Good news, Montrose hot dog lovers. Good Dog Houston, the food truck-turned-brick and mortar restaurant that's known for its carefully constructed hot dogs featuring an impressive array of housemade condiments, will open a second location in the former Brick & Spoon/Bocados space on West Alabama.
Co-owners Amalia Pferd and Daniel Caballero began the search for a second location a year ago. When they heard that Brick & Spoon closed back in August, they seized the opportunity to move into a location they had originally considered before committing to The Heights.
"We thought a second location was a good decision, because we wanted to get our brand out there more. Not everyone is able to make it to The Heights to try us," Pferd tells CultureMap. "Montrose has always been good to us. We parked our truck at The Menil Collection for awhile, and it was one of our best locations. That’s why we liked this particular spot."
Beyond reconnecting with customers who patronized the truck at The Menil, the new location brings Good Dog into Houston's most prestigious dining neighborhood where high profile restaurants like Underbelly, Uchi and Pax Americana blend with neighborhood favorites like Paulie's and Niko Niko's.
"We love the energy of Montrose," Caballero adds. "It's only 4.2 miles (from the original location), but it has another feel to it."
Slated to open in March 2016, the duo are planning renovations to the kitchen, dining room and patio. Changes include reconfiguring the space so that it flows well for counter service, expanding the bar and applying a liberal coat of their signature "Good Dog blue" paint.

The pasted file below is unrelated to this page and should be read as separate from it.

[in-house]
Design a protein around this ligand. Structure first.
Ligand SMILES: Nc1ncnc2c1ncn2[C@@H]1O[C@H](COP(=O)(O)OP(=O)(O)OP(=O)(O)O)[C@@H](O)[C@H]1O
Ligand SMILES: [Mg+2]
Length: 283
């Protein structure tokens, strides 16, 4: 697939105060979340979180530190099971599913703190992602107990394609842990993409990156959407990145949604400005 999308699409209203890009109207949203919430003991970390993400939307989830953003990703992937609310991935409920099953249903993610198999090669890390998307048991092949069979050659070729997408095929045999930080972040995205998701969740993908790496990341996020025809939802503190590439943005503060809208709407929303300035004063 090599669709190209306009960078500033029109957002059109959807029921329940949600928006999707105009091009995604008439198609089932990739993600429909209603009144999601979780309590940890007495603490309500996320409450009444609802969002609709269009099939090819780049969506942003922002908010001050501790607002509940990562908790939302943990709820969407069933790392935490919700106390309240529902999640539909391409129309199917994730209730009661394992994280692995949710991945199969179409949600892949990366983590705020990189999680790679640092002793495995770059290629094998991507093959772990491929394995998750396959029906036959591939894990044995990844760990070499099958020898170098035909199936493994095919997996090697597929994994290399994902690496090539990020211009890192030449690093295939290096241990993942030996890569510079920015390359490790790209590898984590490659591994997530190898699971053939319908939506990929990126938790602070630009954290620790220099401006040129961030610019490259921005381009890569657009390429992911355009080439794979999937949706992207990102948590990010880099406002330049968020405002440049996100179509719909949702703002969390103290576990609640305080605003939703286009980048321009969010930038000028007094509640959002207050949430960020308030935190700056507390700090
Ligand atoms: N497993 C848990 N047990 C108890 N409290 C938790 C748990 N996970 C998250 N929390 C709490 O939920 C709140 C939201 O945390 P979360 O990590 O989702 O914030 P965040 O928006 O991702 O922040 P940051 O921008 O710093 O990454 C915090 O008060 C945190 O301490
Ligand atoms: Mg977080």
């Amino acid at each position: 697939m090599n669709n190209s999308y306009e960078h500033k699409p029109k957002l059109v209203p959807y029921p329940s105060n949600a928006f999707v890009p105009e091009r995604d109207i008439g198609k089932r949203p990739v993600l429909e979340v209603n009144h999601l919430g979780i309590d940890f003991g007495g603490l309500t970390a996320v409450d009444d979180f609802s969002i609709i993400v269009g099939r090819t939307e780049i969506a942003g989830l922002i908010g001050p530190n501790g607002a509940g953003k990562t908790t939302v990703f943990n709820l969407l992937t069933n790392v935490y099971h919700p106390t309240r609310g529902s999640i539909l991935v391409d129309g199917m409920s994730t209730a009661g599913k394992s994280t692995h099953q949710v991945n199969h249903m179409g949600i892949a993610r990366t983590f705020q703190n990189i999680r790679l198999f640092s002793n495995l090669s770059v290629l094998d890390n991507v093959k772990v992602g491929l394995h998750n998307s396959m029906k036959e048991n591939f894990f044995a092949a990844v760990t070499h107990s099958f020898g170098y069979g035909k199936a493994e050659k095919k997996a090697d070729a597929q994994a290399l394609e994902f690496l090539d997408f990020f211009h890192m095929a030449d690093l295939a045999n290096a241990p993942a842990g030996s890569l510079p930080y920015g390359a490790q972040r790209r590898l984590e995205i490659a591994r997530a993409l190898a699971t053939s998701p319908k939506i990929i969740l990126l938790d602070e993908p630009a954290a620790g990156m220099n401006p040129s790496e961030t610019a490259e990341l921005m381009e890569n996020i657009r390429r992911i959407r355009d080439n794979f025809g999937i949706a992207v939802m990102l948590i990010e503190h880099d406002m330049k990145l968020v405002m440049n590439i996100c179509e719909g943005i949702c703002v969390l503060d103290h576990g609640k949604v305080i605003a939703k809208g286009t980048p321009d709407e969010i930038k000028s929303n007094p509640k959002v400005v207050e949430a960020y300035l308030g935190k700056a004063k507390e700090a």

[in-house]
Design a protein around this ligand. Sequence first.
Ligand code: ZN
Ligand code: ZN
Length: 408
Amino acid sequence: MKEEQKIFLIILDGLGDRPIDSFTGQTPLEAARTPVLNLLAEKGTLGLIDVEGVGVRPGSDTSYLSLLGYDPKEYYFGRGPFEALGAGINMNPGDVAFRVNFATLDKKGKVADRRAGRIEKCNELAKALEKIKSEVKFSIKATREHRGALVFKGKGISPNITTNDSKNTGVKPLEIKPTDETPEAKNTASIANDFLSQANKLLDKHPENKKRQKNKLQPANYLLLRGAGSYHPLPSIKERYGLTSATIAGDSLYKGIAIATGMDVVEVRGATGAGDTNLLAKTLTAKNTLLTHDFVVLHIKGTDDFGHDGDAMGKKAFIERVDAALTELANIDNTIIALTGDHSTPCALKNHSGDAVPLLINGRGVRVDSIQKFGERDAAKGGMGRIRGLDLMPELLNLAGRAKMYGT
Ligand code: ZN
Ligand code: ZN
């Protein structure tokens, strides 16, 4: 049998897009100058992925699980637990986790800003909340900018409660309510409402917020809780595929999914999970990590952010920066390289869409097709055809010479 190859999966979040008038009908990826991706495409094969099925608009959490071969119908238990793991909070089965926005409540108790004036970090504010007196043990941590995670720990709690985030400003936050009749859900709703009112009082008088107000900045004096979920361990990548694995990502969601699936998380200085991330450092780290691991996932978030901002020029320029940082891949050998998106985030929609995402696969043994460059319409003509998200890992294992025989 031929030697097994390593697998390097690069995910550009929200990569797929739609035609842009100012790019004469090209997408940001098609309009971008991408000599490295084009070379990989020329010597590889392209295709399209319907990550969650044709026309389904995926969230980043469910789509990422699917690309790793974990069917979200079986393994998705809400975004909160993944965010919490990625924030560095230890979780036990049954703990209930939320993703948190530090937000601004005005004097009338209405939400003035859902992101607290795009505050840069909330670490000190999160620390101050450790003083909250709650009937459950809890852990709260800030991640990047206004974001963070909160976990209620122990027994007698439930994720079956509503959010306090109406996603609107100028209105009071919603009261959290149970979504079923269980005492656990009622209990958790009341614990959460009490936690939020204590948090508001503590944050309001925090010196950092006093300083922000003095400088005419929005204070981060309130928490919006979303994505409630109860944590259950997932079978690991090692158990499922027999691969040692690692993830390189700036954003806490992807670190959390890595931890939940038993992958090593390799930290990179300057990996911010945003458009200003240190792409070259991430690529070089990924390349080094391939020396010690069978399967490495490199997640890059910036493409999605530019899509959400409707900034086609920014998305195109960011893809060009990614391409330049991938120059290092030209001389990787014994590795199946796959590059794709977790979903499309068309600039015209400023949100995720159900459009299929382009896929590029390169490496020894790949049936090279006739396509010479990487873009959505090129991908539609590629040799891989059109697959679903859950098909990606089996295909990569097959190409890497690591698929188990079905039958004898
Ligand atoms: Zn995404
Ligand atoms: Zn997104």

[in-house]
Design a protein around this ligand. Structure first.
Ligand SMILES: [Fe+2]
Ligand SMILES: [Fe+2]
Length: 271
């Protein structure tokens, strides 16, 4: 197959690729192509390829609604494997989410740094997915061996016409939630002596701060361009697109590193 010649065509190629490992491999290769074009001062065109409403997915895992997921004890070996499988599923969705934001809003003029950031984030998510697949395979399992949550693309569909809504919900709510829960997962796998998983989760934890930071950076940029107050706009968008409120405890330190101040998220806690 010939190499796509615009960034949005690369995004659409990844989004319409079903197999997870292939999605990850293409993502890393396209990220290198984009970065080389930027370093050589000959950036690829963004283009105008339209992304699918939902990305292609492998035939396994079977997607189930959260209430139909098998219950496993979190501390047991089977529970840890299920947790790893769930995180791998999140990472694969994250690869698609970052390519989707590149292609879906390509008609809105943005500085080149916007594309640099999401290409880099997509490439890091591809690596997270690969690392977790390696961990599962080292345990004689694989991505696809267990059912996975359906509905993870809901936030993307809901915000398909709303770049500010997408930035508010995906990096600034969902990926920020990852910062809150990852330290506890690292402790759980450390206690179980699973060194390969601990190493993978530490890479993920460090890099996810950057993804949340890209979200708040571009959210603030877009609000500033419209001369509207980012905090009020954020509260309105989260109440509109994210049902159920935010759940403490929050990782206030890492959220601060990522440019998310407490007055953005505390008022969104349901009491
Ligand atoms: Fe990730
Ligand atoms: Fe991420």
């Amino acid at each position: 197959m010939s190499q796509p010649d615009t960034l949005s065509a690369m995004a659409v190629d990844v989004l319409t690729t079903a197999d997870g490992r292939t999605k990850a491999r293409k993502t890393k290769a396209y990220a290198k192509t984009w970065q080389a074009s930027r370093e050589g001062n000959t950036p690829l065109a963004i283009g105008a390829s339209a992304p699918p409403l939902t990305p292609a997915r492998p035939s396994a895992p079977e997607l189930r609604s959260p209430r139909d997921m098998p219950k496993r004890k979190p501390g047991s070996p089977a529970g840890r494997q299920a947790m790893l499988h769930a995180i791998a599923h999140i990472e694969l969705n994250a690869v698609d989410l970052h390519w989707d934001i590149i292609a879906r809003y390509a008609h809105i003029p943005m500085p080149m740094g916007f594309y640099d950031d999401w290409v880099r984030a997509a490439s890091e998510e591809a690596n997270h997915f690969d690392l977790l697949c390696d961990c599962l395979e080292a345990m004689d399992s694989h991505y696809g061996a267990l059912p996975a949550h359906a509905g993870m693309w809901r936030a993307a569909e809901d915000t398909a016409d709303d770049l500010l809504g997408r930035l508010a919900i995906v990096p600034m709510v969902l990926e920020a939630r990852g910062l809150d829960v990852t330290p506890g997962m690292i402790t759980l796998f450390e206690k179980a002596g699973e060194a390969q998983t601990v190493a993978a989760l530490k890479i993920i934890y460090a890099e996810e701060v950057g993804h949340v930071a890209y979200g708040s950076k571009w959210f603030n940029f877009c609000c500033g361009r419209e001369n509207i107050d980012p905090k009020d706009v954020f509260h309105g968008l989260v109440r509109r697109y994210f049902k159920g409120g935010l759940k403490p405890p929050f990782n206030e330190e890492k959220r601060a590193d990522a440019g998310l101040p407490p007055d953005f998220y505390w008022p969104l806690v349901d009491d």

Caballero plans to double the number of craft beers served from 10 in the Heights to 20 in Montrose, as well as expand their list of all Texas wines. Pferd says they have yet to make a final decision about adding spirits to the mix but concedes that boozy versions of their signature milkshakes has definite appeal.
The menu will feature all of the familiar hot dogs Good Dog fans enjoy like the Guac-A-Dog and the Ol' Zapata, as well as the fish and chips that's become a signature at the restaurant. Where the menu expands beyond that remains to be seen.
"I do want to listen to the neighborhood and see where I need to take it with the non-hot dog items," Pferd says. "We have a little more space over there, so we may be able to pull off some things for service and making sure we have a good-sized menu."
With a two year track record of delivering consistently good food and service under their belts, Caballero is ready for a new challenge.
"I can't wait to get started," he concludes.